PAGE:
Usually, a physical therapist will perform passive exercises on your foot, but you can also do them yourself at home. Two examples of passive exercises you can do on your own are:

  • Passive ankle dorsiflexion. Sit in a comfortable position and cross one leg over your other. Then, use your hand to move your foot up towards your knee and back down. Repeat ten times, then switch to your other foot.
  • Assisted toe raises. If you can only move one foot, this exercise can help you strengthen your other ankle. First, place your strong foot underneath your affected one. Then, use your good foot to lift up your weak foot. Make sure you keep your heel on the ground at all times. Finally, lower the foot back down. Repeat ten times.

Passive foot drop exercises can also help improve blood flow and prevent contractures.

3. Functional Electrical Stimulation

If passive exercise does not seem to work for you, functional electrical stimulation (FES) might help.

FES involves sending small electrical impulses into the weakened muscles of the foot to create a contraction. Reactivating these muscles encourages dorsiflexion and engages neuroplasticity.

Ideally, FES should be used in conjunction with passive exercise. Ask your therapist to have them show you how to use FES at home.

4. Medication

pharmacist handing customer medication for foot drop after TBI

Some medications can help promote the healing of damaged nerves. This can help speed up the process to regain dorsiflexion.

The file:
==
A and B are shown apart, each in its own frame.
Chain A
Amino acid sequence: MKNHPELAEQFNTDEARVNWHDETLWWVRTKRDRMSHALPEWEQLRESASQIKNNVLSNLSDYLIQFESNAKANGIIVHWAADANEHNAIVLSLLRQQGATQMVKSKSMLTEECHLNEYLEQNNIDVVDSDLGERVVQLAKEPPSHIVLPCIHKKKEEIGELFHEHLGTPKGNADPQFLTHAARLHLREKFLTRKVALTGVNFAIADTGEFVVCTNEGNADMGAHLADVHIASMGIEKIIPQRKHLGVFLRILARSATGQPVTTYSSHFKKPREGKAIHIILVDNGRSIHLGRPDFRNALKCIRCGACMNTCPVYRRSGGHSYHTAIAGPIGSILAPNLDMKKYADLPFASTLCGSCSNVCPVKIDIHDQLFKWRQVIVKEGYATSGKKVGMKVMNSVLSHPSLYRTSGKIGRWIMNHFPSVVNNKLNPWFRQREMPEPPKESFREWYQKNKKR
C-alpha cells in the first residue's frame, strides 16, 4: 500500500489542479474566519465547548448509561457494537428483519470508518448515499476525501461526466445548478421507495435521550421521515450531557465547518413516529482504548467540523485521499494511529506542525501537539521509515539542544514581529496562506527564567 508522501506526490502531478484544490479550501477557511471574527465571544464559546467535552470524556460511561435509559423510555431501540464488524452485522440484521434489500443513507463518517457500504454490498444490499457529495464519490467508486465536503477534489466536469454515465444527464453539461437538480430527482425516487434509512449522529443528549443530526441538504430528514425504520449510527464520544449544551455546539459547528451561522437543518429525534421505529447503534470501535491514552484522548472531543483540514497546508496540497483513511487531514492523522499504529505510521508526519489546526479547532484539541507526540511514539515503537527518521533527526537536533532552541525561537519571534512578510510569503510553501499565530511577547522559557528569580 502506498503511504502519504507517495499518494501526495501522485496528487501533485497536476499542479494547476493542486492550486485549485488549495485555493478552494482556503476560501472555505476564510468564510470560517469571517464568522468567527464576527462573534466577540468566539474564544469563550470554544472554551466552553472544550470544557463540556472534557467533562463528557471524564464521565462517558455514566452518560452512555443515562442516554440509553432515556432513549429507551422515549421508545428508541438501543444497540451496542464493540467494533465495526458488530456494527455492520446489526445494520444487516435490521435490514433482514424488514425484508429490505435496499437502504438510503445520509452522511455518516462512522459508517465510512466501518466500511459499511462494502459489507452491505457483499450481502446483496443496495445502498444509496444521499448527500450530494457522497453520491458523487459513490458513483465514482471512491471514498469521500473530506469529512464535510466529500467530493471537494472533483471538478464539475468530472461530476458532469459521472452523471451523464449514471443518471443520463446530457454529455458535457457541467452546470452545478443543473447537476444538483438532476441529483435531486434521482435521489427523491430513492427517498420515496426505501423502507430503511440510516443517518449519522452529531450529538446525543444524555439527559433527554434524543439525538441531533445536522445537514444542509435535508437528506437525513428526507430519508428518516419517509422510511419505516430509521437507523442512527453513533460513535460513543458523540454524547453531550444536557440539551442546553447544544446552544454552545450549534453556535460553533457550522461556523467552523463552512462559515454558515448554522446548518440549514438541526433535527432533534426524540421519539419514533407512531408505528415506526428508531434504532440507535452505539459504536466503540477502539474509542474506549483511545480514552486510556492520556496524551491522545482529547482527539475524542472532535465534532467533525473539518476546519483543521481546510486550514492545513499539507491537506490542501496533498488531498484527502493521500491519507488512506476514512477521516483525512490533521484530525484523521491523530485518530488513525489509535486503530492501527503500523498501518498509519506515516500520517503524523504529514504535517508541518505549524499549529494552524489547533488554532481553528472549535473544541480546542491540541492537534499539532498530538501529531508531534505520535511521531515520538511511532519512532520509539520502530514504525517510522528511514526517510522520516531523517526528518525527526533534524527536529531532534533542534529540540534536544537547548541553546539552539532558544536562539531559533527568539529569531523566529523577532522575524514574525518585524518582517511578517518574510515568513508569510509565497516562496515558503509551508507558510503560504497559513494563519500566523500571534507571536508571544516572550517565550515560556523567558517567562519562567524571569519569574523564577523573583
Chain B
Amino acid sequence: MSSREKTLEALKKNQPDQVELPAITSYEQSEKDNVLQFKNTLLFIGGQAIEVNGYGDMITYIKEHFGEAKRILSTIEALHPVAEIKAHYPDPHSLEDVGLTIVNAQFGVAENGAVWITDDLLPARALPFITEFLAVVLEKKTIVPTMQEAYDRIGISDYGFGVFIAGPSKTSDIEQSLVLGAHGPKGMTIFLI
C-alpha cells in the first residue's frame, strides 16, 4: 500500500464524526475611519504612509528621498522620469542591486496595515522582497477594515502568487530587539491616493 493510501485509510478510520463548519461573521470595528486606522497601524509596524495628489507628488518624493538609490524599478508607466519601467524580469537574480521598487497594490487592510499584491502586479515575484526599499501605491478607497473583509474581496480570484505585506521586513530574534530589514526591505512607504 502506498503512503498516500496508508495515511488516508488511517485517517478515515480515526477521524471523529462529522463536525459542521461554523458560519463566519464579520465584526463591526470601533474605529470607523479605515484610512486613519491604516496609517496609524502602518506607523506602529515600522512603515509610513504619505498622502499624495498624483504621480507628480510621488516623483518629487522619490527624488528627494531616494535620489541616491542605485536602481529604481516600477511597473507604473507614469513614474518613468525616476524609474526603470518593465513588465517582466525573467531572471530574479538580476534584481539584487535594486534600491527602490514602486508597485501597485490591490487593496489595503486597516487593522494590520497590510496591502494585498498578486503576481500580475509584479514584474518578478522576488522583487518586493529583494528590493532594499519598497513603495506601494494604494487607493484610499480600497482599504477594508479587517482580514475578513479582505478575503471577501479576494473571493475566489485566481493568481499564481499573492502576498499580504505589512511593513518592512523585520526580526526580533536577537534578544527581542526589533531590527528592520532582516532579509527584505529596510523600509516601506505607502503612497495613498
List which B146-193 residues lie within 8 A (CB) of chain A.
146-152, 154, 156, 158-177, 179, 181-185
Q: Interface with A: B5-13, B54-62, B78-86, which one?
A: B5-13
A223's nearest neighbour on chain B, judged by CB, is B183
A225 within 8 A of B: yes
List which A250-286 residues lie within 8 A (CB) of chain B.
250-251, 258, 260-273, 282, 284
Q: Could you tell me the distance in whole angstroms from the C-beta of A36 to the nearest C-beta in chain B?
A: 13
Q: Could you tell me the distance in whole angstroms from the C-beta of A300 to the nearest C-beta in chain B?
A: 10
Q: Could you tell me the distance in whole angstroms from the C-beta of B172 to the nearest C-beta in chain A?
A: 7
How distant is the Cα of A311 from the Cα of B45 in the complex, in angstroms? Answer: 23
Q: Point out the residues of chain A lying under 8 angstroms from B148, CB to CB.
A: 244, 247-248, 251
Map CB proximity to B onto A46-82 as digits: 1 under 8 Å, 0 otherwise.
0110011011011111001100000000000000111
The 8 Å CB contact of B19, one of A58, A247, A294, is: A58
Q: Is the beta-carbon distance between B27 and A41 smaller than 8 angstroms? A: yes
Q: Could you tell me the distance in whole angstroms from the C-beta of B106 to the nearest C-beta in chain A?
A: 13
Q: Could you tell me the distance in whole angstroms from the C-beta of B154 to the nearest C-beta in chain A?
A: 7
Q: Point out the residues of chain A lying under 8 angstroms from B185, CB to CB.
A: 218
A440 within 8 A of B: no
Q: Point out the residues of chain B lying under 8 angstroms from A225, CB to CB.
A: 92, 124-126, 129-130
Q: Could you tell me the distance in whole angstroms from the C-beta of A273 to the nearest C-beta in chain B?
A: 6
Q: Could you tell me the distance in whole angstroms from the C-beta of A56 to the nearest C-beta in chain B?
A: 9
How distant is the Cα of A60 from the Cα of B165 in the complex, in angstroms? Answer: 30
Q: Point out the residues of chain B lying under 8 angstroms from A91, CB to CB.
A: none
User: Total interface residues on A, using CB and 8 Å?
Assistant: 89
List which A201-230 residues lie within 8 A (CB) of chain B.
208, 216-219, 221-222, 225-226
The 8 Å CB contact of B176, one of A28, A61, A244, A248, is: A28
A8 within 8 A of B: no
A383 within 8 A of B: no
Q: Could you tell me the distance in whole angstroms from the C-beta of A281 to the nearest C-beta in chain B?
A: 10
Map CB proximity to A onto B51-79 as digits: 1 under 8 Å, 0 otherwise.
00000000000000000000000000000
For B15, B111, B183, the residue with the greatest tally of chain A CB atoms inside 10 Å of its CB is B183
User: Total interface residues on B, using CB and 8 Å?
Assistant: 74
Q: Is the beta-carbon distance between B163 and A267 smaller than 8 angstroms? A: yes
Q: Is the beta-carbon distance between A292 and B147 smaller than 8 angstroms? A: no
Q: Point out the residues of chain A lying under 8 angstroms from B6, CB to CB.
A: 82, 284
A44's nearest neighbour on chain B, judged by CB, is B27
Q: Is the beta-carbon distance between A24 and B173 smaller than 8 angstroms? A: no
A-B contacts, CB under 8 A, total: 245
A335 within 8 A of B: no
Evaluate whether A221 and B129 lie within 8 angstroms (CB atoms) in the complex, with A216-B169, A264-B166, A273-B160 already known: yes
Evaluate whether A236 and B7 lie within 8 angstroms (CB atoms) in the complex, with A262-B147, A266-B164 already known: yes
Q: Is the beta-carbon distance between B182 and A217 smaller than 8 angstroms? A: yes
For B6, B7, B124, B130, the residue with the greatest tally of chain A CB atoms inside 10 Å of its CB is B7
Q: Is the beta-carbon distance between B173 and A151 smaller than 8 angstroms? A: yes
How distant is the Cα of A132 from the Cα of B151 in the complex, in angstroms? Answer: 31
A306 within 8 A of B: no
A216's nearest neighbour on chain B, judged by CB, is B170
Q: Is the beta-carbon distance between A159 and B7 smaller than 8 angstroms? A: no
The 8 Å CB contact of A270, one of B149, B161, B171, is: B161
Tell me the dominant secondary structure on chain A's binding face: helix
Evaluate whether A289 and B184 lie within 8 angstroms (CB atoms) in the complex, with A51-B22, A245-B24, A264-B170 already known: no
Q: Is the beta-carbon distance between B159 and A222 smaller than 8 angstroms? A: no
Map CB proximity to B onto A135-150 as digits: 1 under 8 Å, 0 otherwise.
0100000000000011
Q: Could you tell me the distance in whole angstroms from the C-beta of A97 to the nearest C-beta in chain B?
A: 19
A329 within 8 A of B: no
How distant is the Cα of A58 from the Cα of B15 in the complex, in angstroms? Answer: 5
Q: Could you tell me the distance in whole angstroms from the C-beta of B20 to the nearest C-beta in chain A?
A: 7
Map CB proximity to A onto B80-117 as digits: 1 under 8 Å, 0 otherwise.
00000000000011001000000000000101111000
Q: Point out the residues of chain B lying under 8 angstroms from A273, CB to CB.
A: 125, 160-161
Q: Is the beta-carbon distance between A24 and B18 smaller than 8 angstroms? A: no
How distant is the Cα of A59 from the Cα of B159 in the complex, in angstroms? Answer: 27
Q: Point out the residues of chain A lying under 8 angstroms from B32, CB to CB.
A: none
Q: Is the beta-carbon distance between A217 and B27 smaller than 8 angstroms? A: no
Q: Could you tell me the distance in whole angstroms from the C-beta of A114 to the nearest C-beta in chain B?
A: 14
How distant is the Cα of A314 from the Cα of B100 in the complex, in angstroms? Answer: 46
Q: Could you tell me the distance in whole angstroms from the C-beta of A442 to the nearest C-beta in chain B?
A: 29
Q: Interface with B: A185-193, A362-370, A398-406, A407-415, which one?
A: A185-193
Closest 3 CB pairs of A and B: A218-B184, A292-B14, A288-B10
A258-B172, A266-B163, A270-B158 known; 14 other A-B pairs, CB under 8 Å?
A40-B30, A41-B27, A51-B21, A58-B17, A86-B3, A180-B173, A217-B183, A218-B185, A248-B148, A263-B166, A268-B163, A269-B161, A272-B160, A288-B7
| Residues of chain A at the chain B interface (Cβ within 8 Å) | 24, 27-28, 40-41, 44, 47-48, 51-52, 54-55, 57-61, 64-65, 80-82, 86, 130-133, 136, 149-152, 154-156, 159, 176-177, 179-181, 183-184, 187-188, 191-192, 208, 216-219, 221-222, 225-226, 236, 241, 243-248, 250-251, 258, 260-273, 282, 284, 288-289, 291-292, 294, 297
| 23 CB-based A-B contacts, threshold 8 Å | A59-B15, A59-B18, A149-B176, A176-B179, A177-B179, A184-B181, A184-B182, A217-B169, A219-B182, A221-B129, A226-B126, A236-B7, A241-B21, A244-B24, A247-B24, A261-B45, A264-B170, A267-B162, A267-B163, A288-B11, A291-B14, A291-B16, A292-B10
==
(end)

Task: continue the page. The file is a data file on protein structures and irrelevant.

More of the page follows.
For example, erythropoietin is a hormone naturally produced by the body. Not only does it have anti-inflammatory properties, but it also helps regulate the regrowth of nerves.

Therefore, many doctors will prescribe this hormone and other similar medications to promote a fuller recovery from foot drop after TBI. Of course, no medication can replace the work you must do in therapy. But it can assist.

Ask your doctor about any medications before starting them.

5. Surgery

Finally, severe cases of foot drop may require surgical interventions. Some example of surgical treatments that can help improve dorsiflexion include:

  • Nerve transfers. This procedure involves taking “donor nerves” from other parts of the body and using them to connect the ends of the divided nerve. This helps restore function.
  • Decompressive surgery. If the peroneal nerve is pinched, surgery can help relieve pressure on the nerve, which may help improve dorsiflexion.

These surgeries are invasive, however, and are often used as a last resort.

How to Use Ankle Foot Orthotics for Foot Drop

Close-up of ankle brace on man's foot

Ankle foot orthotics, also known as AFOs, support the foot so that it doesn’t drag on the floor. They can help you avoid tripping on your foot as you walk, which reduces your risk of injury.

However, AFOs are not permanent solutions for foot drop. In fact, most therapists consider them compensatory tactics, which help you compensate for lost function.

These are great in the beginning of recovery. However, if you rely on compensatory tactics like AFOs too much, you can develop learned non-use, which causes you to lose more function.

That’s why, if you decide to use an AFO, make sure you also practice foot drop exercises every day.

Recovering From Foot Drop After TBI

Foot drop after TBI is a common problem that can impair walking. Fortunately, there are many types of treatments available to help you overcome foot drop.

Daily foot drop exercises are the best way to treat foot drop. They help rewire the brain and improve your dorsiflexion. Surgery and some medications can also help.

However, recovery from foot drop can take some time. While you are working on your treatment, AFOs can help keep your foot straight and prevent contractures. But it is important to keep up with your exercises.

The more foot drop exercises you perform, the more function you can regain, until you no longer require an AFO. Good luck!

Featured Image: ©iStock/Ridofranz